EDITOR’S NOTE: Pretending to know something about development and how to promote it is one downside some celebrity advocates and development experts share. Center for Global Development senior fellow Charles Kenny believes both parties need a dose of humility.
If there is one thing that Development Experts hate, it is celebrities acting as if they know something about development. Of course, if there’s another thing that at least some Development Experts hate, it is other Development Experts acting as if they know something about development. The good news for those folks, at least (and you know who you are): if Development Experts are as clueless on how to promote development as the celebrities, maybe the celebrities aren’t the big problem.
A recent article in Rolling Stone bemoans the slow pace of development efforts in Haiti as “a disaster of good intentions.” The piece is part of the usual depressing pattern –outsized expectations driven by hope and development agency hype are rapidly dashed by the reality that recovery takes a long time – and that even after a massive earthquake knocks down most buildings, no country is a tabula rasa for trendy new ideas. Janet Reitman, condemns naïfs in leadership positions with little knowledge of development reconstruction alongside development bureaucrats more concerned with turf that bricks and mortar and a dysfunctional Haitian government. Surely there was some of all of that.
The record of Development Experts in Haiti is… mixed, after all. My colleague Todd Moss pointed me to the story of the response to a swine flu epidemic in the country in the late 1970s and early 80s. Experts agreed that all 1.3 million of the country’s Creole pigs should be slaughtered. USAID brought in bigger and better American pigs. Sadly, the US varieties were not skilled at coping with the environment faced by the average pig in the poorest country in the Western Hemisphere –they wanted feed and wouldn’t eat scraps, they fell ill and had small litters. Many smallholders lost an important source of additional protein as a result. (As an aside, what is the issue with pigs? They killed off 300,000 in Cairo a couple of years ago in another over-reaction to swine flu. The pigs ate through as much as 3,600 tons of food waste a day –food waste now left rotting on the streets. The second rule of development should be Leave the Swine Alone).
Back to modern-day Haiti, however, the actor Sean Penn is one of the few to come out of the Rolling Stone piece looking reasonably good. You may wonder, as Vij and Julie do over on the Rethinking Blog, why he’s running a camp in Haiti, but he seems to be asking a lot of the right questions about things like drainage. Apart from one time when he’s hoodwinked by the bureaucrats and the supposed experts, the story suggests he’s getting stuff done. And in other news last week, it turns out Bob Geldof is fronting a $300m private equity fund investing in Africa. Maybe being an entertainer doesn’t immediately discount any ability to do something useful in policy circles (Republicans: think Ronald Reagan. And Democrats: … Kal “Kumar” Penn?).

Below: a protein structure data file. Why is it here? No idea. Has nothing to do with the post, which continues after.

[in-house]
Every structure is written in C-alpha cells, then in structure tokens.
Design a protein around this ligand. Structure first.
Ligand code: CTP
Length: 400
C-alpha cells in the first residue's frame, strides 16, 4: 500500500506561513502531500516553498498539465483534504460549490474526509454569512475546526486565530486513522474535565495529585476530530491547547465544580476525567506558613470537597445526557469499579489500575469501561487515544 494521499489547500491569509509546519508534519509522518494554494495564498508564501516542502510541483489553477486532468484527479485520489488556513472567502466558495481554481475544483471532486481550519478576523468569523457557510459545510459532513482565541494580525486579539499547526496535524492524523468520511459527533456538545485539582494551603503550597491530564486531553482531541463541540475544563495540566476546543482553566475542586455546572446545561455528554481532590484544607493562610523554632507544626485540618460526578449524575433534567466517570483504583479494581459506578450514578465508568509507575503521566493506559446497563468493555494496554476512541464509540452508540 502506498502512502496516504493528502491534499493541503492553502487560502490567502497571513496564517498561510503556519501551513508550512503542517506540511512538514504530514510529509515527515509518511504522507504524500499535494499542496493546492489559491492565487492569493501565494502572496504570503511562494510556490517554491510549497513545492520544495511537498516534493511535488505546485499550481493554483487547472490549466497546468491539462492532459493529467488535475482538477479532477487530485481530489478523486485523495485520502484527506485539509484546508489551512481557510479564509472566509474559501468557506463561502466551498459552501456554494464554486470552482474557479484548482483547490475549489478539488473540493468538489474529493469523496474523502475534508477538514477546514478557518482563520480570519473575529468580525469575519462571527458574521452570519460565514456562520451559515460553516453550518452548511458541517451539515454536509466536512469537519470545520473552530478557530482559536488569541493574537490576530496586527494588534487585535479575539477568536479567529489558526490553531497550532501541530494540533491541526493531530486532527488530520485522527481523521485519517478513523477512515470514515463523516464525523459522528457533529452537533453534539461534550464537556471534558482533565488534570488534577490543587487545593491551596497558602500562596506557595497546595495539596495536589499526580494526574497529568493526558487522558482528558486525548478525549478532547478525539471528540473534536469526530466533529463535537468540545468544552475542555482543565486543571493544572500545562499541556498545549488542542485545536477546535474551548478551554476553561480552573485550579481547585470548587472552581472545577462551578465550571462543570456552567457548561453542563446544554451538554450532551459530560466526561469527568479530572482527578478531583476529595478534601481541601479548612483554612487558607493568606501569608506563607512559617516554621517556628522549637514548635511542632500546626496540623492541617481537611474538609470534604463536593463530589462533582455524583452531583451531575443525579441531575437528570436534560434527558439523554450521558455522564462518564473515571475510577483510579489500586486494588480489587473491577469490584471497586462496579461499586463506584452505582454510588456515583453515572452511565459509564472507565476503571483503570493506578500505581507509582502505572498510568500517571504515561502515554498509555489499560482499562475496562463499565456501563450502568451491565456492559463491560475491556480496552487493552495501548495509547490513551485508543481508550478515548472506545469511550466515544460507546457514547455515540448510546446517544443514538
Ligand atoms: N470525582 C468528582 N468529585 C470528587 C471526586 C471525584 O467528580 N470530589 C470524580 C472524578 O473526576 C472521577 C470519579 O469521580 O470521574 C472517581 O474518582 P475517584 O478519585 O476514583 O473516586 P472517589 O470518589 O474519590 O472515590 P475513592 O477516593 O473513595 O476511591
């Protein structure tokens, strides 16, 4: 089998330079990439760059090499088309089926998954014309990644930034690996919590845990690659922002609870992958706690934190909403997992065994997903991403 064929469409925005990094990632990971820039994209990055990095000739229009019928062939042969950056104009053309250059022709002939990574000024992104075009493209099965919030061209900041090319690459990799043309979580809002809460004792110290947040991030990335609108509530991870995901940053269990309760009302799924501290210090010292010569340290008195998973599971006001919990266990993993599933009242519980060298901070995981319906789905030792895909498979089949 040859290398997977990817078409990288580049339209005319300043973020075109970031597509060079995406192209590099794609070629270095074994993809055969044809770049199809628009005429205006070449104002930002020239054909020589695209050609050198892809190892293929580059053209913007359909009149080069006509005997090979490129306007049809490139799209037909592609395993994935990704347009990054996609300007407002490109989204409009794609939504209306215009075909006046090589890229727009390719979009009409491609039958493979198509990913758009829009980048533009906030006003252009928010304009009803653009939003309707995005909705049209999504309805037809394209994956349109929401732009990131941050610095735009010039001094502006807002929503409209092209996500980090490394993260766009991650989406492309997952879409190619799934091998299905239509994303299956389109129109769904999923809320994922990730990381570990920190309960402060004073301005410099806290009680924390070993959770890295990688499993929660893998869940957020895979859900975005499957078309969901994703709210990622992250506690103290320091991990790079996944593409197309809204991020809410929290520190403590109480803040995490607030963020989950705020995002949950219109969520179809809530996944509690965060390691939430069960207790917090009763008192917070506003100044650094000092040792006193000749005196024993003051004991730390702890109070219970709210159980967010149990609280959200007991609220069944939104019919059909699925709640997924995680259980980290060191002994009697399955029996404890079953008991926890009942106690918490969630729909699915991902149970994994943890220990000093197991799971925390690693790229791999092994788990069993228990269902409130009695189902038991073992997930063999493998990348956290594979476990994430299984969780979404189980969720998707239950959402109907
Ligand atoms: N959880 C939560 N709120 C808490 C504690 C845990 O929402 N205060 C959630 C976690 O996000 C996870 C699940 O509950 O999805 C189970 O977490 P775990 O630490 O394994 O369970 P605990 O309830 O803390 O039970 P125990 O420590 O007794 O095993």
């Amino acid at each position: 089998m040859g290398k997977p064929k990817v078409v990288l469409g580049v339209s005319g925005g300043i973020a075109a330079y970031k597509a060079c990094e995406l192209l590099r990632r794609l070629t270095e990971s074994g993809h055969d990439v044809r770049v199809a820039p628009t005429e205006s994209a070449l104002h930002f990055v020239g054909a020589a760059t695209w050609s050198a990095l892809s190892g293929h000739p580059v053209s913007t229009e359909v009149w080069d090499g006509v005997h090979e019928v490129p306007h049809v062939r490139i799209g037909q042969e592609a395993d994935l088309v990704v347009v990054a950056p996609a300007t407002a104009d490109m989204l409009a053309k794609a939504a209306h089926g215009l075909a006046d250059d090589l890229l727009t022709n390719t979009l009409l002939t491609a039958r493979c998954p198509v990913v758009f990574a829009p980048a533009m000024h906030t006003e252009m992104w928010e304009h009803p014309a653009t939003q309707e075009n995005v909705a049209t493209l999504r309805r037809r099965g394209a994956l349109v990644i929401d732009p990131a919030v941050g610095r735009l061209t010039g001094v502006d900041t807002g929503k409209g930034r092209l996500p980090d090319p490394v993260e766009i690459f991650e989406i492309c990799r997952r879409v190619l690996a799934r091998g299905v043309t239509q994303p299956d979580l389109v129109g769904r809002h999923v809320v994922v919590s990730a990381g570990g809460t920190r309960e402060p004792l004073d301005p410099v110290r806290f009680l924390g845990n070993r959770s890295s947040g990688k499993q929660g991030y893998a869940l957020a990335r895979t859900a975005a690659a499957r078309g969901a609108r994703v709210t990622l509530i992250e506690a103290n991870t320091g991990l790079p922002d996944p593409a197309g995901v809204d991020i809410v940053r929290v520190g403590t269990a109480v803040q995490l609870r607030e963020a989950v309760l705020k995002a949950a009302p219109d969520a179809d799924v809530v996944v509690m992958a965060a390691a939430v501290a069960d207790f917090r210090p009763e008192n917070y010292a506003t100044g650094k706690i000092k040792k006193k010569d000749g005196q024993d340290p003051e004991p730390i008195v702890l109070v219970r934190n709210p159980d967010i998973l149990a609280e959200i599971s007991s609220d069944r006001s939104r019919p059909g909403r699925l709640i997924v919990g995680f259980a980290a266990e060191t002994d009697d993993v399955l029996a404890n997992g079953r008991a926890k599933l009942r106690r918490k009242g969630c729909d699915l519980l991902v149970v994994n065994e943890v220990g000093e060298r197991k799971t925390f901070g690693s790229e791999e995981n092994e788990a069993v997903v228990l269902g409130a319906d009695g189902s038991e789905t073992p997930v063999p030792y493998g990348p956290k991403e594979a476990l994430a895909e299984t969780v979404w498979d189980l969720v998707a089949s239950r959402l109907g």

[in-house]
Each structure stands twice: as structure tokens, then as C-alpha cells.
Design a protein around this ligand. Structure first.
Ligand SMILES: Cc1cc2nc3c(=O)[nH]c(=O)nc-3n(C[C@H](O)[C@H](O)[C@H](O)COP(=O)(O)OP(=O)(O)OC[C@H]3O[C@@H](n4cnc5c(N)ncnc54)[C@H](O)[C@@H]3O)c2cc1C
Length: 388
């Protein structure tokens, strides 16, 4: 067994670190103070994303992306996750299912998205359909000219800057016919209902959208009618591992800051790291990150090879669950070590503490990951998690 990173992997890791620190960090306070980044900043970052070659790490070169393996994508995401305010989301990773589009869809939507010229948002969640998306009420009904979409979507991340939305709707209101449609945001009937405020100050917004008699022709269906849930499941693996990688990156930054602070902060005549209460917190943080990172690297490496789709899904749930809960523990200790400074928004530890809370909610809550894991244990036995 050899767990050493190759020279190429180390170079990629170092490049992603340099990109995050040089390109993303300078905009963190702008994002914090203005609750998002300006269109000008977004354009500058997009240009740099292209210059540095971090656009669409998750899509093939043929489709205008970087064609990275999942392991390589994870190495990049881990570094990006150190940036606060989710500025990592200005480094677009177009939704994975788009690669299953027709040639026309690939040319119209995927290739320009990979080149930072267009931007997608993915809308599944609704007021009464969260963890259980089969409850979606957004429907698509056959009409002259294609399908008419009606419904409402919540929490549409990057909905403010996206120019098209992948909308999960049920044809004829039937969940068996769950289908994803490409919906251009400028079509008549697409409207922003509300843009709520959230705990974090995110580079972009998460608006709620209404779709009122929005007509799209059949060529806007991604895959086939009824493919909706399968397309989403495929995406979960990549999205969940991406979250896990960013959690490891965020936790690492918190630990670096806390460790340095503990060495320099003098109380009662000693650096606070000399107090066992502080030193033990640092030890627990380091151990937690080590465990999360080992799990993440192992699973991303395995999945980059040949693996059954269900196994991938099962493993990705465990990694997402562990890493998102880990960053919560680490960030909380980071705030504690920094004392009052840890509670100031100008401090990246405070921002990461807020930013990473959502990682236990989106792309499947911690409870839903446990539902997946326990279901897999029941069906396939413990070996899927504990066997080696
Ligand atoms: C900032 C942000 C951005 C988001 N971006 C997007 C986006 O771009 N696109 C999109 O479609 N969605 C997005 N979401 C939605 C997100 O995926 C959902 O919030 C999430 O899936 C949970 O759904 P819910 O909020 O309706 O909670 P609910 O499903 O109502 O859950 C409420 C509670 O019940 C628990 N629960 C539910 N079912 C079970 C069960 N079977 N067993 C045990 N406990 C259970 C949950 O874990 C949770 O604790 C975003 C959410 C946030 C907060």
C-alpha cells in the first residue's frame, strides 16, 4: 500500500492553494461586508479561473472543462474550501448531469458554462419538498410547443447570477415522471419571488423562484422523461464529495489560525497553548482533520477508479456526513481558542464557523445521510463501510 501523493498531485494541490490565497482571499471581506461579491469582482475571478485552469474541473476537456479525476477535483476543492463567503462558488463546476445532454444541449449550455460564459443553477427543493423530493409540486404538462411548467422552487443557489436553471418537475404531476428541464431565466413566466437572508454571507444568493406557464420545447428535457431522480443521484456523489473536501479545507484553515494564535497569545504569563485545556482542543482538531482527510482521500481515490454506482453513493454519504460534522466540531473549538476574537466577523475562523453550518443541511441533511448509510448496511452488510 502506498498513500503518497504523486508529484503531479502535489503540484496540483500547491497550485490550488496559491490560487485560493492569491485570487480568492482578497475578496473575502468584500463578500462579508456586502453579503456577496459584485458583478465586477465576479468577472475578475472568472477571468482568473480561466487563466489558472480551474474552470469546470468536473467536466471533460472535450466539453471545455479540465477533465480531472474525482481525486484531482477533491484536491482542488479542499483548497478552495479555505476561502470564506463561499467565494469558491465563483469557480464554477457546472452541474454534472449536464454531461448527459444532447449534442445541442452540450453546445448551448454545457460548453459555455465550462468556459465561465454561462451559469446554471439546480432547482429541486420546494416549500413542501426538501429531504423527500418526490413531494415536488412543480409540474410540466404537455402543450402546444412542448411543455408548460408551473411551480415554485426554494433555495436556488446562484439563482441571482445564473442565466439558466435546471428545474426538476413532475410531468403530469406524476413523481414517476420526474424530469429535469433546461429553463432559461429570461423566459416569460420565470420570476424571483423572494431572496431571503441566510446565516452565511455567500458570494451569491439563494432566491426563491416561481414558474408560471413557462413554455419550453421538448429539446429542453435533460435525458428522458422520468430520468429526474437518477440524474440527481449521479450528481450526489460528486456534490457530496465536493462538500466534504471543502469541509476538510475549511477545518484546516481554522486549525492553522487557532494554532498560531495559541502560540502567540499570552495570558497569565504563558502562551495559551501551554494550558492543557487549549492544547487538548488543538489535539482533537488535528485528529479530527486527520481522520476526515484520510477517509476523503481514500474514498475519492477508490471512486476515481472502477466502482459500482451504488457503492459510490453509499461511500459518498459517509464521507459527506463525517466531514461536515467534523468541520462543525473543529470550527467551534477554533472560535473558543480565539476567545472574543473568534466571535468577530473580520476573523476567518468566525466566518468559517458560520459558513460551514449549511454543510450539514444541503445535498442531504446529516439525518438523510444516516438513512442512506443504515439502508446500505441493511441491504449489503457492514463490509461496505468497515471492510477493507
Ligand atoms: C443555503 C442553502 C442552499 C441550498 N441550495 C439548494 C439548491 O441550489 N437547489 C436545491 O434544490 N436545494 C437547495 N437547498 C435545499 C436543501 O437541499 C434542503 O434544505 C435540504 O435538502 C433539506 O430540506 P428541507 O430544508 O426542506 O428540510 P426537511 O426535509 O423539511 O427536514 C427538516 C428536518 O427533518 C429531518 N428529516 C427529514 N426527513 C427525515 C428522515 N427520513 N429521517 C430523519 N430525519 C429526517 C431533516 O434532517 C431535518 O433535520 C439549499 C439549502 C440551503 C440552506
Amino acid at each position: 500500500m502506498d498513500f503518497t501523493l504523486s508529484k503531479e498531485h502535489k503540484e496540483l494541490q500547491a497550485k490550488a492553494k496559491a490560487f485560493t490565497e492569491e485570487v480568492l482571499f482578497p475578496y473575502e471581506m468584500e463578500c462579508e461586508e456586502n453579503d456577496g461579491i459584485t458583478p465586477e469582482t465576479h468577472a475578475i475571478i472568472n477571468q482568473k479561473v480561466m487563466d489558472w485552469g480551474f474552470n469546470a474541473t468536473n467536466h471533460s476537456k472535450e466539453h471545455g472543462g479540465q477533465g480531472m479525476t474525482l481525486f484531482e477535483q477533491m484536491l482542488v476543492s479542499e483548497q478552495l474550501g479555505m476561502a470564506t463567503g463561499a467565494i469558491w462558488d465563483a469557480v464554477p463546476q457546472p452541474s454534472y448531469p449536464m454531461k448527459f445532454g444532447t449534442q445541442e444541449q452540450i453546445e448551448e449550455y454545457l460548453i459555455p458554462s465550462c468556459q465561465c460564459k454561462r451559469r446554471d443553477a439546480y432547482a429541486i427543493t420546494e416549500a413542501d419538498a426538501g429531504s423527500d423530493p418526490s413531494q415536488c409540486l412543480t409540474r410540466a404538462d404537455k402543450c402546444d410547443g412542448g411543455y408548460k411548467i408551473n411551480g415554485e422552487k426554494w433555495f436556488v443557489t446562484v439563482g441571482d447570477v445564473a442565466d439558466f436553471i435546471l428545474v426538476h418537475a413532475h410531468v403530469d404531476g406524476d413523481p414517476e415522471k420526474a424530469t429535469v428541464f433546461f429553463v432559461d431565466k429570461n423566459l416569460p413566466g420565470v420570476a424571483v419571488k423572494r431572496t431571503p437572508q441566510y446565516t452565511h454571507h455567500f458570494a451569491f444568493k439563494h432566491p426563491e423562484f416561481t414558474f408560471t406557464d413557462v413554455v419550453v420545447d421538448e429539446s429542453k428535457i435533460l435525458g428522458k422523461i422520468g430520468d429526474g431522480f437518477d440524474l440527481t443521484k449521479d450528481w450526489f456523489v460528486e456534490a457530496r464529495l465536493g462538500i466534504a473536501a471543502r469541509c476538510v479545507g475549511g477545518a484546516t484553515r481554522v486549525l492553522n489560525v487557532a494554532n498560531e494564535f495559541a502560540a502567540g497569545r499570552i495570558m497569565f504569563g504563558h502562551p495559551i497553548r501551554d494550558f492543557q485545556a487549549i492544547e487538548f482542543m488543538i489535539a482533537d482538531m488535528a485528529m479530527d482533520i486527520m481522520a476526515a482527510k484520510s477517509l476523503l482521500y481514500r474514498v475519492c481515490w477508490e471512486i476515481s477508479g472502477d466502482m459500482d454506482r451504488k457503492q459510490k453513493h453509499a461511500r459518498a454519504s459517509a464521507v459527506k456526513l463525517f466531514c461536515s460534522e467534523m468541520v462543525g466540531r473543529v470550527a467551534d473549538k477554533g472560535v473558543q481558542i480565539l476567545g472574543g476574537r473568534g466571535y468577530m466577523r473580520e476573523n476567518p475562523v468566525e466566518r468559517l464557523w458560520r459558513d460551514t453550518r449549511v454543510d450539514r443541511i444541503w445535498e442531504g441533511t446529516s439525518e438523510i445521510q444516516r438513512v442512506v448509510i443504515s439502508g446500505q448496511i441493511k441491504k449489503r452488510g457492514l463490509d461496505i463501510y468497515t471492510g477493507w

Meanwhile, Development Experts do still know a lot (I became convinced after being called one, once). So celebrities interested in development issues should certainly speak to Development Experts before going off and trying to help (it is disappointing for the cause of global development, then, that I have yet to be invited to Lake Como, given tickets to a U2 concert, or even a voucher for free popcorn at a viewing of Mr and Mrs Smith).
But if celebrities should be humble, so should Development Experts. They don’t know all of the answers, either.
Which brings us to Cash on Delivery Aid. CGD has been battering on about COD like a cook in a chippy, but with some reason. It’s the idea that donor agencies pay countries for delivering outcomes (X more kids in school or vaccinated) rather than paying contractors and consultants to deliver the services which might (or might not) lead to those outcomes. Roving Bandit argues that COD “gets rid of the need for development experts.” I’d put it differently: it forces them to be humble. Rather than lording it over recipient countries saying “you’ll only get the money if you spend it like I think you should,” experts are put in the position of saying “you’ll get the money if you deliver results, but I might have some good ideas about how you can do that, if you are interested.” And recipients have the incentive to look for advice –after all, they’ll only get the money if they deliver the outcomes.
Republished with permission by the Center for Global Development. Visit the original article.